Sneaky but so-so affair signals malaise

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DEAR MISS LONELYHEARTS: What’s the matter with me? I have a life that others can only dream of — a privileged one. My successful husband would do anything to make me happy.

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Opinion

DEAR MISS LONELYHEARTS: What’s the matter with me? I have a life that others can only dream of — a privileged one. My successful husband would do anything to make me happy.

Yet, I’m having an affair with a younger guy I met at the bar on a girls’ night out. He’s intelligent and funny, but “under-employed.” He lives in a small apartment and drives an old pick-up truck. I just don’t understand why I’m having an affair with this man, but I can’t seem to quit him!

I do love my husband and appreciate the life he’s provided for me. I don’t have to work, and we don’t have any children. I don’t want kids, and he has two already, from a previous marriage. So, there’s usually just me and my quiet, old doggie at home, day after day. All I do is work out in our home gym, lie in the sun by the pool and cook dinner — if and when my husband makes it home.

I’ve tried numerous times to end my affair, but I’ve always gone back to my secret lover. It’s not for the sex, which is only fair-to-middling, but more for a few hours of his warm company.

Please help me figure out why I’m risking everything I have for this hidden affair. What is wrong in my head?

Drifting, Tuxedo

Dear Drifting: The only real challenge left in your life is managing this cloak-and-dagger affair. You’re bored with your lonely, non-working lifestyle — and you don’t seem cut out to be a lady of leisure.

Although you don’t want to leave your husband, you definitely can’t stay with him without having your own fulfilling life. The present situation is bad for your emotional health. It’s time for a change.

You need a working life that stimulates your imagination, harnesses your energy and surrounds you with people. With no children to hold you back and financial help from your husband, you could go to college or university and pursue any career you wanted. That’d be exciting and provide you with like-minded friends.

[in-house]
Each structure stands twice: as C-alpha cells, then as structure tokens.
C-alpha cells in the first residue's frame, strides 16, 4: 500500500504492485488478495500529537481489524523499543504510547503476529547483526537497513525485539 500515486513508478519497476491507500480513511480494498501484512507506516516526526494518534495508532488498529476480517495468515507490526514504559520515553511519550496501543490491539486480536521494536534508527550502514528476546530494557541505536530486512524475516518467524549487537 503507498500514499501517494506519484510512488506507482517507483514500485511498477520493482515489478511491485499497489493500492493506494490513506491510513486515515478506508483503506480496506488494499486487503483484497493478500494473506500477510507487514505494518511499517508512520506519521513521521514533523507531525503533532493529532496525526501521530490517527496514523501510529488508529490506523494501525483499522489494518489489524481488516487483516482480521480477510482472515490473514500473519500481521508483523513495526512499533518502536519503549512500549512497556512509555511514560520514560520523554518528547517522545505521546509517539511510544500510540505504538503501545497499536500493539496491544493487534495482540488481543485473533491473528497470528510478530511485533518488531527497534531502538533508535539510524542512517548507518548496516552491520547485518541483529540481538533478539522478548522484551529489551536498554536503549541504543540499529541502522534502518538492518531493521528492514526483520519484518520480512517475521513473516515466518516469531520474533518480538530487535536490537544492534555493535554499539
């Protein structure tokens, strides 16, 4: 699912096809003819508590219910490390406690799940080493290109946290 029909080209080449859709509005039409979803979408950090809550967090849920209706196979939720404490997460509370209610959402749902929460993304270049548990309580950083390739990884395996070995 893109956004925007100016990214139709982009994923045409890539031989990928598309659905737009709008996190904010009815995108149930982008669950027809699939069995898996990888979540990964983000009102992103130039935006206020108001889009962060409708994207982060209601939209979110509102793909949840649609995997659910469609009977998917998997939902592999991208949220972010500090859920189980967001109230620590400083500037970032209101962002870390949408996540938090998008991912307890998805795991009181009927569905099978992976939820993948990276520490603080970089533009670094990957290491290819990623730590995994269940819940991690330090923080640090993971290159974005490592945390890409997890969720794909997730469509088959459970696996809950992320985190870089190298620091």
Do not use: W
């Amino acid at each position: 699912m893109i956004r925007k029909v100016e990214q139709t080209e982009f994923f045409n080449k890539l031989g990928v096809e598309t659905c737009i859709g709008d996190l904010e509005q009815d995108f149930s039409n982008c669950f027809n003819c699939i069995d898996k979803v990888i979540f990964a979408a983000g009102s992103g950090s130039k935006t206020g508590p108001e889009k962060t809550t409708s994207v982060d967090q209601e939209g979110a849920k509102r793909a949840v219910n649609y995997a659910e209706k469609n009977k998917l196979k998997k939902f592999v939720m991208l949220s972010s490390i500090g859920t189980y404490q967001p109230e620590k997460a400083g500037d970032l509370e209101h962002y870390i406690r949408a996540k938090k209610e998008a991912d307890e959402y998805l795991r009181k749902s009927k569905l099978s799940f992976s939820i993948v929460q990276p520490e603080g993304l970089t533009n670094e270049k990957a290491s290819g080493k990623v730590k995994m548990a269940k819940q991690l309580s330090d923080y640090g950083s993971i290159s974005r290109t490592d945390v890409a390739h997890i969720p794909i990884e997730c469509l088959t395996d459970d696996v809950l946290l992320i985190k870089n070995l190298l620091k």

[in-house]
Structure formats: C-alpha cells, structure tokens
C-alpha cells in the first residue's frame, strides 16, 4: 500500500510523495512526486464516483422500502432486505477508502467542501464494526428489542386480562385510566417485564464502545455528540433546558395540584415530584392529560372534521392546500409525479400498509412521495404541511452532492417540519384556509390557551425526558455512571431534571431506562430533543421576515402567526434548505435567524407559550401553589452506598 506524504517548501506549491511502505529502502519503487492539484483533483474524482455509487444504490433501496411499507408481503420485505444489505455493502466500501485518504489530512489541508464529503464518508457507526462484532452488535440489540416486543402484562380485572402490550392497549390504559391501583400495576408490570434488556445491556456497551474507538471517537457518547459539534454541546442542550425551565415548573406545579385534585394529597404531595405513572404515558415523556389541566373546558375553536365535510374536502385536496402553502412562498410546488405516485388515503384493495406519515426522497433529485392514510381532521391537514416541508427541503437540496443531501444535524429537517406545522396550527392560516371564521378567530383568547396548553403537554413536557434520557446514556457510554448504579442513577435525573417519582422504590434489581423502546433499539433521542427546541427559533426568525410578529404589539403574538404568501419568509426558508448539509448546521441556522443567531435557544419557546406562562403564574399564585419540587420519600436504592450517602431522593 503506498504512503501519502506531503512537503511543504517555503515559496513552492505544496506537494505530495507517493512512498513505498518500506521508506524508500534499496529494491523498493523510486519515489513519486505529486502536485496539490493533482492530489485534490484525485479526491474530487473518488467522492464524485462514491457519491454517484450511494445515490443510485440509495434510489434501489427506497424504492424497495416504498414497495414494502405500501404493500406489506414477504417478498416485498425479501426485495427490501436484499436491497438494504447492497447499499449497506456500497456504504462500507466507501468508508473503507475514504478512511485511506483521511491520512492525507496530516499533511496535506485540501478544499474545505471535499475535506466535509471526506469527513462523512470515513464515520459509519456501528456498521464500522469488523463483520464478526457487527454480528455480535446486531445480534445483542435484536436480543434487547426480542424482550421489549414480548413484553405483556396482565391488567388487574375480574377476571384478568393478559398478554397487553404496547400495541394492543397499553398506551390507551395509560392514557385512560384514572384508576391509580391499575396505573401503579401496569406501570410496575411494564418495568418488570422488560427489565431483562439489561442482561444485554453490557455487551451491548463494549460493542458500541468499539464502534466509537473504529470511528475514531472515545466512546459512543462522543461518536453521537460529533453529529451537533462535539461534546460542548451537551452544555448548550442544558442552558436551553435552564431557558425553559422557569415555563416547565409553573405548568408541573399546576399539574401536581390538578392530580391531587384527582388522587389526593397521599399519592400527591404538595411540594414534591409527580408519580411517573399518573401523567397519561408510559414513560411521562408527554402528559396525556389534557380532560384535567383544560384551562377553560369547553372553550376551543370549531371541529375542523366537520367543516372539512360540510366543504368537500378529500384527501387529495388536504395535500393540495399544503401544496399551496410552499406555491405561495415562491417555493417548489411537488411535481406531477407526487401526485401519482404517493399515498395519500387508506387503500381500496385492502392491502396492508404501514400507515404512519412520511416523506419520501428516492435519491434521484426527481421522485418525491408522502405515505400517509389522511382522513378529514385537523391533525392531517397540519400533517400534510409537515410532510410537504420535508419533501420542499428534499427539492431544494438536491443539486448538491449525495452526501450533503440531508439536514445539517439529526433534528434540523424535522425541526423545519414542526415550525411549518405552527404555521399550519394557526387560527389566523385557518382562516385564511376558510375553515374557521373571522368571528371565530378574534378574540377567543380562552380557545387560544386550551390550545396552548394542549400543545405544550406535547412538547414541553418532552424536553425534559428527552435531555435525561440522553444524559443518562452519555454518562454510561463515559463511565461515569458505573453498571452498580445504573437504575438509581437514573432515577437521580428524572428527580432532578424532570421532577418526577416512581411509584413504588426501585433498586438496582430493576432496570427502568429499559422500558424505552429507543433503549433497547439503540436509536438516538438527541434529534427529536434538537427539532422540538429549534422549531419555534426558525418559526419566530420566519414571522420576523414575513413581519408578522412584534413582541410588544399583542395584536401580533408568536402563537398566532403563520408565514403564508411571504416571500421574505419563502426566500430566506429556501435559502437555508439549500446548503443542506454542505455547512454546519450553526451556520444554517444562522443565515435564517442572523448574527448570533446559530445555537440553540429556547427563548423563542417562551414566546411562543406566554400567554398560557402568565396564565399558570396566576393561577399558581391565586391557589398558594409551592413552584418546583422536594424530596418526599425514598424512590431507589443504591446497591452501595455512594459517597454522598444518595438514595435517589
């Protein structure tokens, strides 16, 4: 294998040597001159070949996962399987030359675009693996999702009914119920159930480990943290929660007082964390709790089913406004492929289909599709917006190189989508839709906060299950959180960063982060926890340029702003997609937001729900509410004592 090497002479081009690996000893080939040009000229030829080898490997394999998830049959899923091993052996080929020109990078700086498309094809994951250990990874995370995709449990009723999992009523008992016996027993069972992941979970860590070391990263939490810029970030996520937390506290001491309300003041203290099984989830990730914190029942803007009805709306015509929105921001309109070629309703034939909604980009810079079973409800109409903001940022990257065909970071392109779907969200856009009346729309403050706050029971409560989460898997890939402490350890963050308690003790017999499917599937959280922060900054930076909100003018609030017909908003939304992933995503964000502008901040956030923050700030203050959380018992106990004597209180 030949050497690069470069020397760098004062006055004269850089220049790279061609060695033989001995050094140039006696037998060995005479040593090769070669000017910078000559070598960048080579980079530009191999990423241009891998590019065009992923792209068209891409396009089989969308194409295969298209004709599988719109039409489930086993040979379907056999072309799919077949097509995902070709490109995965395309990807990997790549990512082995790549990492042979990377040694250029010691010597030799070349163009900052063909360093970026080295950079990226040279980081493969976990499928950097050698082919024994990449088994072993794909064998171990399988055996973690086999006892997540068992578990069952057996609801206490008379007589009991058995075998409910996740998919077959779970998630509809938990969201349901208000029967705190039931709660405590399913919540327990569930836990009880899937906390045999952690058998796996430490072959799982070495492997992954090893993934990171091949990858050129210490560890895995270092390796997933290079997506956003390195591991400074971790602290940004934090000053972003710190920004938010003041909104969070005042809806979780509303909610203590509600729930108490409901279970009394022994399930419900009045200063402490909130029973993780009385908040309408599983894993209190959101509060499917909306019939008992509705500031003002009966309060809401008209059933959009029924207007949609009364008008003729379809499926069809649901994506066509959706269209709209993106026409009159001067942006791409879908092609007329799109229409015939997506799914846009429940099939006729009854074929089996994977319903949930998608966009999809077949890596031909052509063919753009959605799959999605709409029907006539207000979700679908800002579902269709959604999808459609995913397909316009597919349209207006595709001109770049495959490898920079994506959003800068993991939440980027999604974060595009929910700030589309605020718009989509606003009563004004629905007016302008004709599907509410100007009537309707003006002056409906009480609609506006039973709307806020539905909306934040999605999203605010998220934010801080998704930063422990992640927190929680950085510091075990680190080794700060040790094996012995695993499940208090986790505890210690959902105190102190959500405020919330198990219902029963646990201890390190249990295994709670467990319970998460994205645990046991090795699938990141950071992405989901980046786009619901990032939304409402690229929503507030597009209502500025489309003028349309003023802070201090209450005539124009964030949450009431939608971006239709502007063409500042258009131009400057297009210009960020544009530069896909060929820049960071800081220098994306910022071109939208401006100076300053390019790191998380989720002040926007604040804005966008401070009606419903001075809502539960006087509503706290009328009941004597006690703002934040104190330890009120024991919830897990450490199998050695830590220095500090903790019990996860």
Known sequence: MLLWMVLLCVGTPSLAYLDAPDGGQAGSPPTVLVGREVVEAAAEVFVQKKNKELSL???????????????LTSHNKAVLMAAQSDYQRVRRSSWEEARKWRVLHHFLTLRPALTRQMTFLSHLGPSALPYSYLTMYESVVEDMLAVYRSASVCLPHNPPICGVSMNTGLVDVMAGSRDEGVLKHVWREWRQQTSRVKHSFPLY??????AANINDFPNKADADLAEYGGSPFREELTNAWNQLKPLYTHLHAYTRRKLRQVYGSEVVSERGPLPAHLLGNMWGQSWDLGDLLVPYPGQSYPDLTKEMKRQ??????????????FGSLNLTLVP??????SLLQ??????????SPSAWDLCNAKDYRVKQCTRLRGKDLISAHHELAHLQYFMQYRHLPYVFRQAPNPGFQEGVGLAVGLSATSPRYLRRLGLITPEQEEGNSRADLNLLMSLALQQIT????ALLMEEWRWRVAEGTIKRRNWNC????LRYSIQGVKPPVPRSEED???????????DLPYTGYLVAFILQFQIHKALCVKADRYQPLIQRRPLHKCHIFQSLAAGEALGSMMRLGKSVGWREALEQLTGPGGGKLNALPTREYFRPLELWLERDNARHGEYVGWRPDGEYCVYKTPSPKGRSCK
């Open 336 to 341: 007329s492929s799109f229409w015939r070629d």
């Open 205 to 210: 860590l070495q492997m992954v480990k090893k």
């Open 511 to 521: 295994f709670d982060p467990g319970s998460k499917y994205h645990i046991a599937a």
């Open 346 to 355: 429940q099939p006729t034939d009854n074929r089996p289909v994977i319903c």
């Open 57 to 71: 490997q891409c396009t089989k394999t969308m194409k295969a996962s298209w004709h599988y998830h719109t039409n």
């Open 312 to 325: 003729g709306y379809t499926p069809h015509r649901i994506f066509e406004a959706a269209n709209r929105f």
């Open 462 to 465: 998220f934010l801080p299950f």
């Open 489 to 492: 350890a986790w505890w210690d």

If studying isn’t your thing, you might be interested in starting your own business or shop. Your pet could come with you from home and be the sweet “shop dog.”

Even with a fuller life, you may find your husband is too often absent for your happiness. Do you know for sure why he comes home so little? Gather your courage and check that out.

Dear Miss Lonelyhearts: I almost ran into a pole when I caught a glimpse of my first love walking through Osborne Village. No one could miss the curly black hair and the super-tall body.

I’m in my 30s now, and almost married to a different guy, but I may not be quite over my first love. What does this mean? What should I do about it?

I hear he quit drinking five or six years ago. That was the big issue that divided us.

Suddenly All Messed Up, Osborne Village

Dear Messed Up: You need to explore your dramatic reaction so you don’t have mixed feelings going into your upcoming marriage.

Some people might say, “Leave well enough alone.” But, other people have said in this column over the years, they knew before they married there was “someone else” deep in their heart they should have checked out beforehand. And there was a definite “sign.”

Call a mutual friend and get contact info for this former love, whose sudden appearance upset you so much. See if he will meet and talk to you in person. Check out your feelings — and his, if possible. You need to find out for sure if your new choice of a mate is actually the right choice.

Dear Miss Lonelyhearts: I have an extra-sensitive nose — my Dad used to call me “Sniffer.” I can sniff out anything.

I do all the laundry, now that I’ve moved out, and I’ve noticed my live-in boyfriend’s shirts smell suspicious lately — of stinky cigar smoke!

I happen to know where my guy would be smoking cigars on the sly. Before COVID, he used to play poker, smoking big fat cigars and drinking beer — acting the big shot with his old buddies.

During COVID I got him to stop smoking everything, as there were no more poker games. That’s changed recently.

Miss L., he omitted telling me he’s back smoking those smelly cigars. Grrrr!

He loves them. My question? Do I have the right to police his cigar smoking as we’re living together?

Wise to Cigar Stink, Downtown

Dear Wise: Why change the nature of your relationship? You’ll be setting yourself up as “Mom” or “the Warden,” over a cigar smoked on poker night.

That’s a dangerous thing to do in a romantic relationship. How much harm is the cigar going to do to his health or yours?

As for doing the laundry, it’d be fair to ask your man to do his own now. And without getting too judgy in tone, just mention casually you don’t like the smell of his cigars. If he protests the smells come from all the other guys’ cigars, don’t call him a liar — just give him a mysterious smile and an eye roll!

Send your questions and comments to lovecoach@hotmail.com or Miss Lonelyhearts c/o the Winnipeg Free Press, 1355 Mountain Ave., Wpg., MB, R2X 3B6.

Maureen Scurfield

Maureen Scurfield
Advice columnist

Maureen Scurfield writes the Miss Lonelyhearts advice column.

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